After facing near death on the job, a rookie policeman changes tactics and goes on to a distinguished career in law enforcement.
From a young age, Robert T. Christensen planned for a long career as a police officer, but those plans were nearly derailed when a suspect he was attempting to arrest viciously attacked him. The Michigan native had been on the job for only two years, but almost quit before he decided to make some changes, both personally and professionally.
What he learned he’s now sharing in this memoir, which offers a glimpse into the twenty-five years he spent as “one of Kalamazoo’s top cops.” Christensen speaks candidly about the places and people he’s worked with, the routine and not-so-routine assignments he’s handled, and his determination and enjoyment in doing his job well.
While the book’s content appears to be aimed at others in the law enforcement field—what’s worked for Officer Christensen while serving as a policeman—it will also appeal to those who enjoy a behind-the-scenes look at a profession that deals with humanity’s highs and lows.
For example, in one early chapter, the author explains how he calms someone he’s just brought in. If the suspect has resisted arrest, Christensen says he takes the opportunity to tell him or her, “Look, I doubt you woke up today and said to yourself, ‘I’m going to fight with a cop.’ So these things just happen…I know you’re probably a decent person, right?”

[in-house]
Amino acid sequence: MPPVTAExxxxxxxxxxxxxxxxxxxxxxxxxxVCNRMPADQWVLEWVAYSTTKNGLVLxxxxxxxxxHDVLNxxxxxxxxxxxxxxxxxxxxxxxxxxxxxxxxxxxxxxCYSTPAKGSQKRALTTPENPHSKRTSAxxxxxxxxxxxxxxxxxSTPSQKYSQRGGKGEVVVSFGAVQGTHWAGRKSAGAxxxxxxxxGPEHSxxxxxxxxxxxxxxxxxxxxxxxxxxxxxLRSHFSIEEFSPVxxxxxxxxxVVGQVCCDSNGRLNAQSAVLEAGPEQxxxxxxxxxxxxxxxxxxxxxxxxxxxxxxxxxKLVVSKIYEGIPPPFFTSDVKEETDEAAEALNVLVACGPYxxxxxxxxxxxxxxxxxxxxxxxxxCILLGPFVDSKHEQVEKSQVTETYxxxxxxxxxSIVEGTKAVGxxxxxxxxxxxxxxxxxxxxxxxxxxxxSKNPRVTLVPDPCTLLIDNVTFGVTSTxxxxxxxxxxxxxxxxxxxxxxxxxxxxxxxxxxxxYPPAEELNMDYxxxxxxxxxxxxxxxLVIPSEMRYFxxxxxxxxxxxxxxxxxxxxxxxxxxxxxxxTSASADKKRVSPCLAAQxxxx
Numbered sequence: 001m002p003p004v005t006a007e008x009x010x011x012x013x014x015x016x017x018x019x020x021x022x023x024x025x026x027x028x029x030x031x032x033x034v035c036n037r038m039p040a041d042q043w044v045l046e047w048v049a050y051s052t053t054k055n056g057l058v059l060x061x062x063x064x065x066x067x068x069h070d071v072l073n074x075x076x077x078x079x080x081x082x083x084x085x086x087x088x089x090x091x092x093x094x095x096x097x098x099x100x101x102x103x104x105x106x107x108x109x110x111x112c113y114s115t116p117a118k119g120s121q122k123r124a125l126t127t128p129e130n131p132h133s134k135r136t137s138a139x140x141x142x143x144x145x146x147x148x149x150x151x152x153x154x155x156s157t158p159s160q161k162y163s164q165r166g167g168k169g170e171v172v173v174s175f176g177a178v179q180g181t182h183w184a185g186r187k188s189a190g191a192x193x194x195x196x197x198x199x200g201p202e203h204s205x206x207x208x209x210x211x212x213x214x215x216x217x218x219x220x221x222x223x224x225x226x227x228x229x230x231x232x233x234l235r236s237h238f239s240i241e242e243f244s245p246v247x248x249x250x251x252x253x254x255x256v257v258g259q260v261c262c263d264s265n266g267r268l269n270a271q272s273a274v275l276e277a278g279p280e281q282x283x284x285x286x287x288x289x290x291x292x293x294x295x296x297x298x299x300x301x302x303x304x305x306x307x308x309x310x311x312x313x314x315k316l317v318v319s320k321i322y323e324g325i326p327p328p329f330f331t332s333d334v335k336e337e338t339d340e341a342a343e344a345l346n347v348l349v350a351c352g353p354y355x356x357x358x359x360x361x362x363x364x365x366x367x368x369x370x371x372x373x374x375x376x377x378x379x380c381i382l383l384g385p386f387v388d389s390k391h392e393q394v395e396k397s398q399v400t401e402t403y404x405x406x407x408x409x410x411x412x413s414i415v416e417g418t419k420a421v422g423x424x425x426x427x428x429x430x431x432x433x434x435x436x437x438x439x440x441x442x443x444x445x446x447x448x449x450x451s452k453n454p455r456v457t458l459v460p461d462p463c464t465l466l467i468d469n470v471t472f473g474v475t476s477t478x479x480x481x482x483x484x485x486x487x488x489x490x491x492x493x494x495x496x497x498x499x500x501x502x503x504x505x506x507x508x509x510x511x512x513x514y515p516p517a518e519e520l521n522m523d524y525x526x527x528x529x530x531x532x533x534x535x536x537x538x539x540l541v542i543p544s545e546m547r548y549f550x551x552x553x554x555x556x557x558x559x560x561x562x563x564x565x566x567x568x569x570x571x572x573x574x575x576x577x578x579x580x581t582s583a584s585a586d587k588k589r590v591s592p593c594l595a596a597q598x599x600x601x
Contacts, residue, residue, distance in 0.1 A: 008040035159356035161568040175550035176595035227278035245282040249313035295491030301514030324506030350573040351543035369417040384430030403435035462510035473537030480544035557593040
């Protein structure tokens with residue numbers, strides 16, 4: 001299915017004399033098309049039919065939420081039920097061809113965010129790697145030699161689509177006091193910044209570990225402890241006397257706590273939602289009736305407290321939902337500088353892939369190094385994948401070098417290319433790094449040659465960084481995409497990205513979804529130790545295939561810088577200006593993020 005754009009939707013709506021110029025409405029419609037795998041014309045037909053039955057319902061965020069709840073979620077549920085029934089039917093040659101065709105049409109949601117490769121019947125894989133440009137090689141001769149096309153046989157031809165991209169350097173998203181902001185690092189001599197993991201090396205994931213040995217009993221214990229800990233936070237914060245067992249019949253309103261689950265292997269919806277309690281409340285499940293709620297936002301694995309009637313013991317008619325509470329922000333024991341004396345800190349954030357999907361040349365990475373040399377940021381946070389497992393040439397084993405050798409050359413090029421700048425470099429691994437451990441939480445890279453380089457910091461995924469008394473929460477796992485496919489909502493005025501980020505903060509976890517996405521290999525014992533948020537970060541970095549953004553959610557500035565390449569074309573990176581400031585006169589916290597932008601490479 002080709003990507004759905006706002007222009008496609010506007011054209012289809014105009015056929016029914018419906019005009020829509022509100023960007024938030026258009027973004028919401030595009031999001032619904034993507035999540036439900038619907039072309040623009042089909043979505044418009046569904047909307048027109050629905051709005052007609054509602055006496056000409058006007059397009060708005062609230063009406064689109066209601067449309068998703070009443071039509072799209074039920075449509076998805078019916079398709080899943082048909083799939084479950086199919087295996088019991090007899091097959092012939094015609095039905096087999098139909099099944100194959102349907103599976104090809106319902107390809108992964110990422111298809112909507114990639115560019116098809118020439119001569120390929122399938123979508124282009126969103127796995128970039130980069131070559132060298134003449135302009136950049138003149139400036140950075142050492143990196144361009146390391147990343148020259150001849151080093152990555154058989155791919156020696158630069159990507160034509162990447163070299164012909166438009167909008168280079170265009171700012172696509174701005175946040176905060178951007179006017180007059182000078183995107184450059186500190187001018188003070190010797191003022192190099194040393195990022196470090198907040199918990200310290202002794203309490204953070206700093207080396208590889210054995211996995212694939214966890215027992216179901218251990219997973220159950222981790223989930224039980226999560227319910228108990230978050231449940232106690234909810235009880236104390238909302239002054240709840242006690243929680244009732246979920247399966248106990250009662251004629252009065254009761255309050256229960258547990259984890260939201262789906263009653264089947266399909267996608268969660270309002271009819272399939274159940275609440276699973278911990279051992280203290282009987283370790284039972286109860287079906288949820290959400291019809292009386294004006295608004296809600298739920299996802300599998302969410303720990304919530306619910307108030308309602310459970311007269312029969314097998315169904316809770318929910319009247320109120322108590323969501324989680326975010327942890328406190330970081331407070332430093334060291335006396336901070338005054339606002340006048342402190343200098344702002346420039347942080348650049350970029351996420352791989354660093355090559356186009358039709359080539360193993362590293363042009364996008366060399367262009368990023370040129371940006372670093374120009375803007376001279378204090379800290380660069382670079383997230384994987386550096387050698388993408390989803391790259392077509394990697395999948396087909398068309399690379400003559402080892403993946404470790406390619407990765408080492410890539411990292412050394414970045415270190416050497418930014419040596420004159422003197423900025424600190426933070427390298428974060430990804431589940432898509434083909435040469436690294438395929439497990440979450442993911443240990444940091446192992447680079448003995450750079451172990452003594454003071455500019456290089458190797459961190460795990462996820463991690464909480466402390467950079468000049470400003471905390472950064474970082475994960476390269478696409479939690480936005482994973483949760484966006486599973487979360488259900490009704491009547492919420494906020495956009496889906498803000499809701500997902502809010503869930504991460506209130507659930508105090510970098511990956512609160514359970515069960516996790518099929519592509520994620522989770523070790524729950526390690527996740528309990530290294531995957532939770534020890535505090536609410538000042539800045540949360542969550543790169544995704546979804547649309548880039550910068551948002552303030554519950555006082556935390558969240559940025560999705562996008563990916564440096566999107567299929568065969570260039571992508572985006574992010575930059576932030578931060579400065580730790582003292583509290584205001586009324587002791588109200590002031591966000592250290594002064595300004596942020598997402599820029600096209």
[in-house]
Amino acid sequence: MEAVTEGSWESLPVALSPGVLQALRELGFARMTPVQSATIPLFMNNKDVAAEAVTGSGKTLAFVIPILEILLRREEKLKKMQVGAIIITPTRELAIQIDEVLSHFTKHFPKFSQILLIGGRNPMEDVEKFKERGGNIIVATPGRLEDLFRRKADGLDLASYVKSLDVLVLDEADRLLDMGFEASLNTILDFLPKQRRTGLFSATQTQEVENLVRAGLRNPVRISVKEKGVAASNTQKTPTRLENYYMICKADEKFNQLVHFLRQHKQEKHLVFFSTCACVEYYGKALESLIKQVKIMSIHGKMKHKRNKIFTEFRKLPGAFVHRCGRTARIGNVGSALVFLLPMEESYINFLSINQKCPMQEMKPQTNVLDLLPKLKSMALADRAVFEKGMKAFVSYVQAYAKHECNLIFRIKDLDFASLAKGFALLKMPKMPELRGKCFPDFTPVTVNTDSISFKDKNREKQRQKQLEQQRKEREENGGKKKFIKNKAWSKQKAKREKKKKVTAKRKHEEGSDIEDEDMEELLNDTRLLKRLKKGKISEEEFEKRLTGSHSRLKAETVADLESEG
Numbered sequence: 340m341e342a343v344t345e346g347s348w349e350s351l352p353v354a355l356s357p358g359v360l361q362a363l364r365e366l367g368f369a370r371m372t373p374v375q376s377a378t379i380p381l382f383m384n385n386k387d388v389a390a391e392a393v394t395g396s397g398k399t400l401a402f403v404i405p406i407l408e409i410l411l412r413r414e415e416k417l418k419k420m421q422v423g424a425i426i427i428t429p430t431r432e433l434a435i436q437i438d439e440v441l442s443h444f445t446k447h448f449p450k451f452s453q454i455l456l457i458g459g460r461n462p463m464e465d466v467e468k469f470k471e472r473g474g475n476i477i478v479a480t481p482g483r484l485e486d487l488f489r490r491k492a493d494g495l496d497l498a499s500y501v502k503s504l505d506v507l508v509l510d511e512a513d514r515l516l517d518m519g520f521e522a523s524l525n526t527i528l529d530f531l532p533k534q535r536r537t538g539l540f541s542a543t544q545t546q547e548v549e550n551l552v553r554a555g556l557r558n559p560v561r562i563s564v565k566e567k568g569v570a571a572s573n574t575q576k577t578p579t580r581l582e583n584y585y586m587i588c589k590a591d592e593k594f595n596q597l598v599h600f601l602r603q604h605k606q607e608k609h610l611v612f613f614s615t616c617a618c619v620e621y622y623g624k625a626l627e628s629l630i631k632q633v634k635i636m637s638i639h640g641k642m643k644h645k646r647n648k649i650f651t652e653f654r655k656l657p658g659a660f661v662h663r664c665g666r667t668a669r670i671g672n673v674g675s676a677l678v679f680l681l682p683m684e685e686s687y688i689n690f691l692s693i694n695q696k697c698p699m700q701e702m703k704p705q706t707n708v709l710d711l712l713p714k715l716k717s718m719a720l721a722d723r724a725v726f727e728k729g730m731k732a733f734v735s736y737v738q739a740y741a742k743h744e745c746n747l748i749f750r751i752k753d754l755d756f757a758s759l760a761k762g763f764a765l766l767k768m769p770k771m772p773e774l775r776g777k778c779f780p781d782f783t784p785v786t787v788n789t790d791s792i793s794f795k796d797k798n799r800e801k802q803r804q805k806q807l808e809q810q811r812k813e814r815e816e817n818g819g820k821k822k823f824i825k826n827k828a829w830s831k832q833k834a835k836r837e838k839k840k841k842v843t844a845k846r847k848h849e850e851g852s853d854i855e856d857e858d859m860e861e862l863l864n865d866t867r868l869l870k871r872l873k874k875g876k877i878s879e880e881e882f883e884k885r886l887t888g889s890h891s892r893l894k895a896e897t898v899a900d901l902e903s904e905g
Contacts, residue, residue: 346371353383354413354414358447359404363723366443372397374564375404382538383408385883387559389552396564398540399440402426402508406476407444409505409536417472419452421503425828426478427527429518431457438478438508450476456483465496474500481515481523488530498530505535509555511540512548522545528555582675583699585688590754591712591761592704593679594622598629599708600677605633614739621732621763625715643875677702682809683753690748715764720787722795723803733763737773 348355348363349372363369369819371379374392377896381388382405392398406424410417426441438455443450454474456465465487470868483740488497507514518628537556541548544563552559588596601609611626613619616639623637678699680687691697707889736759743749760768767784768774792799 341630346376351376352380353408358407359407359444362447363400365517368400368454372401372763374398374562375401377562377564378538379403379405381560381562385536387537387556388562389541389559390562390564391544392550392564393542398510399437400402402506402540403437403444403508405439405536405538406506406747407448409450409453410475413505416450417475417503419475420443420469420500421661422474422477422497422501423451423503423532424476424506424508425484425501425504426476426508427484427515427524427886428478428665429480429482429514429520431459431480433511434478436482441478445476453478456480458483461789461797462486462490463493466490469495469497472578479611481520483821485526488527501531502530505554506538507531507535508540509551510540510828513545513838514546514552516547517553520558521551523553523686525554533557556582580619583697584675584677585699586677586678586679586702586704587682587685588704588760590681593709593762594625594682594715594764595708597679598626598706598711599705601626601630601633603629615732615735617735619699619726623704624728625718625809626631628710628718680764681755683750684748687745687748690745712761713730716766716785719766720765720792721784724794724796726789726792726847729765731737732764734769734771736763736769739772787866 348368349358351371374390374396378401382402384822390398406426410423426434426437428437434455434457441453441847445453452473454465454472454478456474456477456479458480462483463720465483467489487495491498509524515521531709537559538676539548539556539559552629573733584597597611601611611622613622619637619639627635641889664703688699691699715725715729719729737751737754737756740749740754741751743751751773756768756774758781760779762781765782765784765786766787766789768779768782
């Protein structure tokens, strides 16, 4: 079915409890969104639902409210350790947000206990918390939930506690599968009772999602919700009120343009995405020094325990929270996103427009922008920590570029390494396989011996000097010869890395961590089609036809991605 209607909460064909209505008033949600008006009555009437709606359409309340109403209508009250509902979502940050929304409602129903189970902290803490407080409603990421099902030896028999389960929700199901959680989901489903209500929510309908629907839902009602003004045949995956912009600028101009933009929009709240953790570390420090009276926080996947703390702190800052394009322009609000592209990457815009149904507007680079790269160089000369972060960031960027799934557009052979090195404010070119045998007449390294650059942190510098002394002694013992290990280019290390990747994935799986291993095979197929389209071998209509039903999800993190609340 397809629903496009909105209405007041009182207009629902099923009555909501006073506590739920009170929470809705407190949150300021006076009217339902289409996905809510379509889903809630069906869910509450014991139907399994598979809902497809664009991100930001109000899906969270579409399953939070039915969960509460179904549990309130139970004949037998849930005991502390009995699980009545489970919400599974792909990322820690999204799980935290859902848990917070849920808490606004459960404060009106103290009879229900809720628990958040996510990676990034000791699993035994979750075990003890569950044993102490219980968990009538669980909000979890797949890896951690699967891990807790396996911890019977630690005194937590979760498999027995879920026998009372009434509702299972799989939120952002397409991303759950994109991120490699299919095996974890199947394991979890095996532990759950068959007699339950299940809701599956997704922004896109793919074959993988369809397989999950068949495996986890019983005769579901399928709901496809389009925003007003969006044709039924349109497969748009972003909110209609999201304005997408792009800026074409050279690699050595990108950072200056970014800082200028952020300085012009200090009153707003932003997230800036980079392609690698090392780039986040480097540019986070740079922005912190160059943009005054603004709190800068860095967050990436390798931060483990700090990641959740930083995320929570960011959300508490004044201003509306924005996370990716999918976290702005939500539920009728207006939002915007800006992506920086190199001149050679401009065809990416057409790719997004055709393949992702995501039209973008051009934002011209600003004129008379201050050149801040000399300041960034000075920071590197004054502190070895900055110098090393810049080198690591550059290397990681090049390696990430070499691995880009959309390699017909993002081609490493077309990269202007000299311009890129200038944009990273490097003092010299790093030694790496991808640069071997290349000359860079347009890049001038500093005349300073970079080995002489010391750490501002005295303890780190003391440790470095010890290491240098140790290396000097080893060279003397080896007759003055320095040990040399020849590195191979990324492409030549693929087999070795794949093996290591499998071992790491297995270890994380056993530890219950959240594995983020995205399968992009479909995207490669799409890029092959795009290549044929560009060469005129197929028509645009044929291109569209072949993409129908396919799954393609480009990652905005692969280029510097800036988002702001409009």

He offers tips and personal insight based on his time serving in numerous capacities: as a patrol officer covering all the “zones” of Kalamazoo, a field-training officer charged with teaching novices, and a background investigator. He was a member of both the SWAT team and the honor guard, which assisted at funerals of fellow police officers.
Christensen also served as a community policing officer stationed in one of the city’s roughest neighborhoods. His account of how everyone pitched in to make things better for the area is inspiring, although he later discovered the actual results were rather disappointing.
Scattered throughout the book are real calls that the author felt had an impact on him. He precedes these with the dispatch codes in italics: “Radio Baker Twenty-eight, show me out at the Radisson. Reference the Rescue call.” This memorable event involves delivering a baby.
Writing in a personable and self-assured tone, Christensen shows his human and humorous sides in the titles of his chapters, such as “Honor Guard: The Tears Behind Our Glasses” and “Stupid Shit I Did at Work.”
Photographs showing the author in uniform, receiving honors, with citizens of the community, and also while he served in the US Army helping “to establish basic training for the Afghanistan National Army” add to the story; captions would have added even more perspective.
Christensen is not afraid to tell it like it is. These are his truths that he would like to share with others that chose his profession, and he makes no apologies: “I was there to work and my job was to be a cop or a soldier and to serve my community and my country.”
Robin Farrell Edmunds
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